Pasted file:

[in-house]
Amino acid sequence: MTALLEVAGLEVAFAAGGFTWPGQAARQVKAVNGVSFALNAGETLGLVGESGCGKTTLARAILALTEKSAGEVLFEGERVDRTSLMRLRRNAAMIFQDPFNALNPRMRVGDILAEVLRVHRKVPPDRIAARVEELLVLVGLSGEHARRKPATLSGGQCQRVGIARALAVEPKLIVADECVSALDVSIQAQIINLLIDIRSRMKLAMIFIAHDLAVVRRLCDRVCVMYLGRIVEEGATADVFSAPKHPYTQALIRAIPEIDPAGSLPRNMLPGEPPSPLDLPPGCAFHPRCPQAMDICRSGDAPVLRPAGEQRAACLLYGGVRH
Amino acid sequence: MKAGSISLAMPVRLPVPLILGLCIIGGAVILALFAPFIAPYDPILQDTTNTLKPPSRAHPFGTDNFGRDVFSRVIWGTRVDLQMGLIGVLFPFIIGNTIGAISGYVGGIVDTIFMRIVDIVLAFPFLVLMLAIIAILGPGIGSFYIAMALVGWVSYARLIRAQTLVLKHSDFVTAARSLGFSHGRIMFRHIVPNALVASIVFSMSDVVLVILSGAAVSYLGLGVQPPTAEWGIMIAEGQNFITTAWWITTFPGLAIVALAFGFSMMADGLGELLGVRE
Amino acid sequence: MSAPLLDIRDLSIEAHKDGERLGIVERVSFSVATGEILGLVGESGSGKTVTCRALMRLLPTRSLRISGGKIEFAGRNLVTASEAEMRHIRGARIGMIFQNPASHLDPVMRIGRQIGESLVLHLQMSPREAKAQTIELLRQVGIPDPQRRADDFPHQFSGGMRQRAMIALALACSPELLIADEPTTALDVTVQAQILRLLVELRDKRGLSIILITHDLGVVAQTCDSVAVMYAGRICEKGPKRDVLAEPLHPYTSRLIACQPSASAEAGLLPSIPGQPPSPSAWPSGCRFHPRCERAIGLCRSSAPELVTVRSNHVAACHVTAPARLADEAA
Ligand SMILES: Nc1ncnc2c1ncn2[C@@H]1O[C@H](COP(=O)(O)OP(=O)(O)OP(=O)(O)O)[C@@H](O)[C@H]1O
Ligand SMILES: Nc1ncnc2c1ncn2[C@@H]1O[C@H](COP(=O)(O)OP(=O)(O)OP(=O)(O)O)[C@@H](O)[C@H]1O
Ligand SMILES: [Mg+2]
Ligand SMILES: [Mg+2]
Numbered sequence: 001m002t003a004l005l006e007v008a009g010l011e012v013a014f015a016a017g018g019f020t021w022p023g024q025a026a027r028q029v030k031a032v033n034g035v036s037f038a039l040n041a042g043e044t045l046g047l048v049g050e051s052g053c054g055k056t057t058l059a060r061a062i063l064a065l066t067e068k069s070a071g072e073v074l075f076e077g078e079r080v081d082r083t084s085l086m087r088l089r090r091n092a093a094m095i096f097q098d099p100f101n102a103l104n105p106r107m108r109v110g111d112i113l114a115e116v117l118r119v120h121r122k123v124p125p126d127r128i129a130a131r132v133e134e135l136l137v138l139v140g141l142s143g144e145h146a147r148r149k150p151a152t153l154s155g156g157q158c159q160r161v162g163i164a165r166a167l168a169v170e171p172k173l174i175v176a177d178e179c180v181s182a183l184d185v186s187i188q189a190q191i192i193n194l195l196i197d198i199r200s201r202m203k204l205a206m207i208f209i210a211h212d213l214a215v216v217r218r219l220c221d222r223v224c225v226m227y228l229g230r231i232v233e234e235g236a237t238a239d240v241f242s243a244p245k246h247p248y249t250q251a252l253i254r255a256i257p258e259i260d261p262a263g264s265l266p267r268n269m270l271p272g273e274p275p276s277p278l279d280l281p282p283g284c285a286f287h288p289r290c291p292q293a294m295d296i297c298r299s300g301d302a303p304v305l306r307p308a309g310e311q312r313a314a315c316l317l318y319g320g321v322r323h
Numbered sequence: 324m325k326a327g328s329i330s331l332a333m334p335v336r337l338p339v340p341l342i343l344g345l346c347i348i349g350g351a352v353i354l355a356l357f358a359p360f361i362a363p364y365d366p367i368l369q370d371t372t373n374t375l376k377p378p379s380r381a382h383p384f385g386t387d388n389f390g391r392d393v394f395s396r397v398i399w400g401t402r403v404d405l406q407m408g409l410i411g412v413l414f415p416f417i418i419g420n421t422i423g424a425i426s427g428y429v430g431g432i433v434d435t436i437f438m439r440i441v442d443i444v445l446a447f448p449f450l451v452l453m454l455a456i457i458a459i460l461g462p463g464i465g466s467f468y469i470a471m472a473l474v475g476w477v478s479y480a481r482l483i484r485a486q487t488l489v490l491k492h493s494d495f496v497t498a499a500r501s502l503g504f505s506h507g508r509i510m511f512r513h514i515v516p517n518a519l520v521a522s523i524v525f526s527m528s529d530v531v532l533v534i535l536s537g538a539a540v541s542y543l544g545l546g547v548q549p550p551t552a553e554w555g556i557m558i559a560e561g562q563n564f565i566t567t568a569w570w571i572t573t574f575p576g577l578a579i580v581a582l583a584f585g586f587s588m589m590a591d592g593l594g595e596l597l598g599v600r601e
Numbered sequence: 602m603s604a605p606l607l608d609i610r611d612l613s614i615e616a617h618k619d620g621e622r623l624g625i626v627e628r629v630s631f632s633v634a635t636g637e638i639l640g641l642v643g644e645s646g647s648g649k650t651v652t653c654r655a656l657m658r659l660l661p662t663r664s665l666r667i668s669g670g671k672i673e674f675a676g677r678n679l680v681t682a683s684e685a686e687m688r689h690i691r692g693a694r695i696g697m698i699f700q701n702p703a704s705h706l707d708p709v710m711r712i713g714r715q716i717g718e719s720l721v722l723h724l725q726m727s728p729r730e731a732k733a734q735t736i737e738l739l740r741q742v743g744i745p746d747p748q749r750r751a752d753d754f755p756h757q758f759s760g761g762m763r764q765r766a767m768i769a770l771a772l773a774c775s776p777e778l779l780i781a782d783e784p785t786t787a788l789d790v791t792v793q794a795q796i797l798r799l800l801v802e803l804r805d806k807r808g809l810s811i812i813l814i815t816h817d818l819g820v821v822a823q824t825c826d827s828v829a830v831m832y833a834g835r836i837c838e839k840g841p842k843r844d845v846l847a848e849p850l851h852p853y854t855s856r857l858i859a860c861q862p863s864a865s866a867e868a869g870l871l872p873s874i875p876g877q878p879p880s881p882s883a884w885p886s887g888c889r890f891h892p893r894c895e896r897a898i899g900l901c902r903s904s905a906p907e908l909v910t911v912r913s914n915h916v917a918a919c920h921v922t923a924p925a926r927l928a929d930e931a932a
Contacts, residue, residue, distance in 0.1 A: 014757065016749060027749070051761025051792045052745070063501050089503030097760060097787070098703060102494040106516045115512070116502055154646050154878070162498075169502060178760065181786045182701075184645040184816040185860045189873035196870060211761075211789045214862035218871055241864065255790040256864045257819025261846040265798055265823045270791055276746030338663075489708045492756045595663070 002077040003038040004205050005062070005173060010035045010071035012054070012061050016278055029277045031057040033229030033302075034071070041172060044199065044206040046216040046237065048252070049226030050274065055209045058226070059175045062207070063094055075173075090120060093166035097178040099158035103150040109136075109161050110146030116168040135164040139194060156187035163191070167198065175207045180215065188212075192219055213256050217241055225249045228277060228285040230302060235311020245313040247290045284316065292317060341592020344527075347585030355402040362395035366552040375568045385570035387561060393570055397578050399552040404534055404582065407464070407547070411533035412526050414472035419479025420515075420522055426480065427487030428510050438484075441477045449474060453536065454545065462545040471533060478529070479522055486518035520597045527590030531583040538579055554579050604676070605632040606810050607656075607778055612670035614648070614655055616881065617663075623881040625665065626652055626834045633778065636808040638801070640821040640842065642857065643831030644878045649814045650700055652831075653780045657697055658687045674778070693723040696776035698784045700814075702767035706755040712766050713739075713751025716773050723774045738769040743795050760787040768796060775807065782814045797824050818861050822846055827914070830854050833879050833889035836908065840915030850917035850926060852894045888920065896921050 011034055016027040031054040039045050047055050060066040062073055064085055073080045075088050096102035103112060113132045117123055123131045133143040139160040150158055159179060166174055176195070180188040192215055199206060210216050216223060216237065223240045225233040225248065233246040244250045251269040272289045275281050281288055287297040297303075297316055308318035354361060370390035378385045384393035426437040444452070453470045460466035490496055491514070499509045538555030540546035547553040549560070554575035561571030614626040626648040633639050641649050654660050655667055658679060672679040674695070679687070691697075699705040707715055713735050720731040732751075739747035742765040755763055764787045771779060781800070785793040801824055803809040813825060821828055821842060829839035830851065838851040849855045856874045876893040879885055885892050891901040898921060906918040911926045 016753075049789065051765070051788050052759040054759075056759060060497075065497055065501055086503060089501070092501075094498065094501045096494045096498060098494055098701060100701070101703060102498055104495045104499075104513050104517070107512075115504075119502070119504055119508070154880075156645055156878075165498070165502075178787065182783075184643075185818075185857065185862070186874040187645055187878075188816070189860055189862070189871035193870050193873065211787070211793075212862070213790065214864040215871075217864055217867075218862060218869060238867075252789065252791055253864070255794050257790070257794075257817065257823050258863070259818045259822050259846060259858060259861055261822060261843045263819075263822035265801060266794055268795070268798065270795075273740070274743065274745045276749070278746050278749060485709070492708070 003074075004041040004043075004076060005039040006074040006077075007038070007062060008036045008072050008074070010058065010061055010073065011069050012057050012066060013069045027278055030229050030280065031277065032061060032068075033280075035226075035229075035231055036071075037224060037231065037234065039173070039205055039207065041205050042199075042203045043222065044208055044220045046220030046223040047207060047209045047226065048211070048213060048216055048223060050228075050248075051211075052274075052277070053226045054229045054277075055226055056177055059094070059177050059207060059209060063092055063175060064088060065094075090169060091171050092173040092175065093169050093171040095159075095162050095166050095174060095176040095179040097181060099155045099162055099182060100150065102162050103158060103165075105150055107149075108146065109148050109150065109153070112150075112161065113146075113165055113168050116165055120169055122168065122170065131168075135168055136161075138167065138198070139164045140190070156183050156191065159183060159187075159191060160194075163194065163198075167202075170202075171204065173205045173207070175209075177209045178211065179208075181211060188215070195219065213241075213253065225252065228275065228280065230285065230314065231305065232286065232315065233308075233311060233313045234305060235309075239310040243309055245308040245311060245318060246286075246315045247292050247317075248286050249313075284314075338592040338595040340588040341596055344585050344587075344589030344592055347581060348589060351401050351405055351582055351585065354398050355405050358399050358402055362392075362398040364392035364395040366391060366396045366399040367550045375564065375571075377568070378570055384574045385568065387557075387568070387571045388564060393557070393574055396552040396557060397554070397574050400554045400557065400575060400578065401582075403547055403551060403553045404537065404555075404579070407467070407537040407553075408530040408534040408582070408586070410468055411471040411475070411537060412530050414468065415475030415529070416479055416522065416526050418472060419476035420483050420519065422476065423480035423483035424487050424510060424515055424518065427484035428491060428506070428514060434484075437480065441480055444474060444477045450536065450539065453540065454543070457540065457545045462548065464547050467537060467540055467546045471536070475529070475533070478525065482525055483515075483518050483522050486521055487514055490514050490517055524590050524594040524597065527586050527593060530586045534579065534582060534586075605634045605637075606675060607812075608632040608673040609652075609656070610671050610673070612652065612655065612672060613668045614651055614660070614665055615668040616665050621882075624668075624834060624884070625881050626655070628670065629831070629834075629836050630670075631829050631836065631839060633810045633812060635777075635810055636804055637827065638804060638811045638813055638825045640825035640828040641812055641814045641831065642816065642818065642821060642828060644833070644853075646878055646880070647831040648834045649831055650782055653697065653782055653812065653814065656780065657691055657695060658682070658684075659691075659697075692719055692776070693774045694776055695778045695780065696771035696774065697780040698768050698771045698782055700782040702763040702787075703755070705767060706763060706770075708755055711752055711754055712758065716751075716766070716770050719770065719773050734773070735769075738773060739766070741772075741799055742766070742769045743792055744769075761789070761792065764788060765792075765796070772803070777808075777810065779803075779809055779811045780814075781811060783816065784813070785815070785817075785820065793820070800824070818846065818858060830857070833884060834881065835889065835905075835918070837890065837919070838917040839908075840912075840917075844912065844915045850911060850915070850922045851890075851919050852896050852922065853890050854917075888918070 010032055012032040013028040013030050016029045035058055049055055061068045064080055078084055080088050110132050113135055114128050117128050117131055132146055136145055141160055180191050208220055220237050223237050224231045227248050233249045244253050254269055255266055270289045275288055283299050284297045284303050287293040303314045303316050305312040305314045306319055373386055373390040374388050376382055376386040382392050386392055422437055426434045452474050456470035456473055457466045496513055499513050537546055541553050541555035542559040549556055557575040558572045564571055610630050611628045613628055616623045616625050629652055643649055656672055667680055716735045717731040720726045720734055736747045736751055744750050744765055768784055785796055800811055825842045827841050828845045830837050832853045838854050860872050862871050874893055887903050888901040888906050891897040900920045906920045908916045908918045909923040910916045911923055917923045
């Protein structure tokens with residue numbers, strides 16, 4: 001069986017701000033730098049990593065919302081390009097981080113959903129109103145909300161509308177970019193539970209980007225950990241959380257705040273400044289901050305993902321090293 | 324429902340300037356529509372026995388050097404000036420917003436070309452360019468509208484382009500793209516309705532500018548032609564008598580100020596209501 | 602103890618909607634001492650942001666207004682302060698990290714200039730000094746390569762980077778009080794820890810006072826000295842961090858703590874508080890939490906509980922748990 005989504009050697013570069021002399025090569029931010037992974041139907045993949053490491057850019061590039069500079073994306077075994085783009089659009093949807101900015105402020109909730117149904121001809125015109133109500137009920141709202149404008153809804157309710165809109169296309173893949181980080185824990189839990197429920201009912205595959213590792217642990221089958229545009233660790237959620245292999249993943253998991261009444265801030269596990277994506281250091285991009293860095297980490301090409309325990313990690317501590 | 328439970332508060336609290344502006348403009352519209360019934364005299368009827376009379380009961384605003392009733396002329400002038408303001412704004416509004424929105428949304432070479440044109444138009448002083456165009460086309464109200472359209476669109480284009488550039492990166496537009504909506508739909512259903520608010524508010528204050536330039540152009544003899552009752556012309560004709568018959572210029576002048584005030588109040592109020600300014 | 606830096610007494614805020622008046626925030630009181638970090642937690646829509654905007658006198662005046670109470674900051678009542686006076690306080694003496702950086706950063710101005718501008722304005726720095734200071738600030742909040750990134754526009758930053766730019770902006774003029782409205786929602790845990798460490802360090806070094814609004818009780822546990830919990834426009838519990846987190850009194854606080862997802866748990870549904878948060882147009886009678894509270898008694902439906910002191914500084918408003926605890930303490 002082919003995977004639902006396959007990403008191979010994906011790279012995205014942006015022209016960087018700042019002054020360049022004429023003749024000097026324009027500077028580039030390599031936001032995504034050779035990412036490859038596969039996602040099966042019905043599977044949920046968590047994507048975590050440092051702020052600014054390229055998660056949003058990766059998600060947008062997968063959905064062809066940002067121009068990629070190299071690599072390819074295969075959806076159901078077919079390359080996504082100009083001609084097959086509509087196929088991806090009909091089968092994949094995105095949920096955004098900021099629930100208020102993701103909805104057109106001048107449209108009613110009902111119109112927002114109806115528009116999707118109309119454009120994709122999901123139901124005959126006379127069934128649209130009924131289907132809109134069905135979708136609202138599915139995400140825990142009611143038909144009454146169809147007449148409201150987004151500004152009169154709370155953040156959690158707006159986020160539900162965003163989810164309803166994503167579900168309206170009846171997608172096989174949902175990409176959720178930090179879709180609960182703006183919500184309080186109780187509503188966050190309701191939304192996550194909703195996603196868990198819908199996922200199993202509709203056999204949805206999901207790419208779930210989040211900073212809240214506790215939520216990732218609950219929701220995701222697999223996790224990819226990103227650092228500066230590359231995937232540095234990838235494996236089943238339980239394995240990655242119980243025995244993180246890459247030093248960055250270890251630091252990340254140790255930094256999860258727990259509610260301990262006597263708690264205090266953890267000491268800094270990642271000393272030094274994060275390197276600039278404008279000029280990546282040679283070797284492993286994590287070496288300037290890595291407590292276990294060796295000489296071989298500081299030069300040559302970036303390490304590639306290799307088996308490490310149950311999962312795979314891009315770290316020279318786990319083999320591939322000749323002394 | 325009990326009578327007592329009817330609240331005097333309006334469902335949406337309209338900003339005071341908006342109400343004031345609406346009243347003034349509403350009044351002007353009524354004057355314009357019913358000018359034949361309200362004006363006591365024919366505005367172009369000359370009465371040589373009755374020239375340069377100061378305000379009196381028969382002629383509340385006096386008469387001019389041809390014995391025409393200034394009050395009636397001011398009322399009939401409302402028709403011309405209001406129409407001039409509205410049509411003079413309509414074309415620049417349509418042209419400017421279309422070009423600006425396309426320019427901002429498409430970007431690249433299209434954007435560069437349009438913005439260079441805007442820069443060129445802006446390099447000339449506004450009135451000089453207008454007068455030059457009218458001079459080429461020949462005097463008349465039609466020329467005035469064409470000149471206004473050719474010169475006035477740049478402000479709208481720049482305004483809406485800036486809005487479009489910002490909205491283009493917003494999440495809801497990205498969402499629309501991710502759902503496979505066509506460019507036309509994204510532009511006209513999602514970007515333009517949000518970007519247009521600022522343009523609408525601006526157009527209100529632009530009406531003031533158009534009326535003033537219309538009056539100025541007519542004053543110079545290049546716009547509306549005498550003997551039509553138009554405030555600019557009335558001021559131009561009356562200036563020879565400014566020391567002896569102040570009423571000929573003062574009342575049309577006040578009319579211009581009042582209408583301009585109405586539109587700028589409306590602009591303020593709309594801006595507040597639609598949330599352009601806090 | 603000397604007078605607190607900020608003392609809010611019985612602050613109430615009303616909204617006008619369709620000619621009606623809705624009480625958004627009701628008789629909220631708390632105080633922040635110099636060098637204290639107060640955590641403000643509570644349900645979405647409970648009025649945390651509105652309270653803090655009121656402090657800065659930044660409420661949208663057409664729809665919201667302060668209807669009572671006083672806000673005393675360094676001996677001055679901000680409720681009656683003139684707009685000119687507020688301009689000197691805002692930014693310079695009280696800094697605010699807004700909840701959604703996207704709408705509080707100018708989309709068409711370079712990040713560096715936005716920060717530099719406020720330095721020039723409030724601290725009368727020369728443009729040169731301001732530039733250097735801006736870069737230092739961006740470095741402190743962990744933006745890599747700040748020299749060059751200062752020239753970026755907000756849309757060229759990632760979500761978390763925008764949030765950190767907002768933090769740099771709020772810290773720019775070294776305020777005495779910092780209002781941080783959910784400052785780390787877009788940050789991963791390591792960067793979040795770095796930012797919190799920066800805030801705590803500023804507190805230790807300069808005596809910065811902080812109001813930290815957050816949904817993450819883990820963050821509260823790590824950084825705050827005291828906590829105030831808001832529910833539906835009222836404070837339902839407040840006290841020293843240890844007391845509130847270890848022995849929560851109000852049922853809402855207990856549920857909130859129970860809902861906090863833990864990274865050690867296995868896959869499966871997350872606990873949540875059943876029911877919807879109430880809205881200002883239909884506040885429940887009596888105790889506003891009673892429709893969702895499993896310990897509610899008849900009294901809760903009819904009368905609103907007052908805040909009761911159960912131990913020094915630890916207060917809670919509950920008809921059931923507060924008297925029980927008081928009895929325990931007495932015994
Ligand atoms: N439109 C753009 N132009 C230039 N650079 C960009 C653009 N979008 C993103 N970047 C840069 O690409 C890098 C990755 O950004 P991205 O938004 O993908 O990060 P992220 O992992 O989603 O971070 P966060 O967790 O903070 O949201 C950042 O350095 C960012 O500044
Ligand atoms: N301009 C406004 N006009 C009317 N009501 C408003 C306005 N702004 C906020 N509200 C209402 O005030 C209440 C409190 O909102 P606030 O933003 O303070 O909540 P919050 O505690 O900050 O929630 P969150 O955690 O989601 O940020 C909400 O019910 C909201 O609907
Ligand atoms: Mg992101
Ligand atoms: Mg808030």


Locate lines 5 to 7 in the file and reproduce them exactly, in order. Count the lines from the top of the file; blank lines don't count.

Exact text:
Ligand SMILES: Nc1ncnc2c1ncn2[C@@H]1O[C@H](COP(=O)(O)OP(=O)(O)OP(=O)(O)O)[C@@H](O)[C@H]1O
Ligand SMILES: Nc1ncnc2c1ncn2[C@@H]1O[C@H](COP(=O)(O)OP(=O)(O)OP(=O)(O)O)[C@@H](O)[C@H]1O
Ligand SMILES: [Mg+2]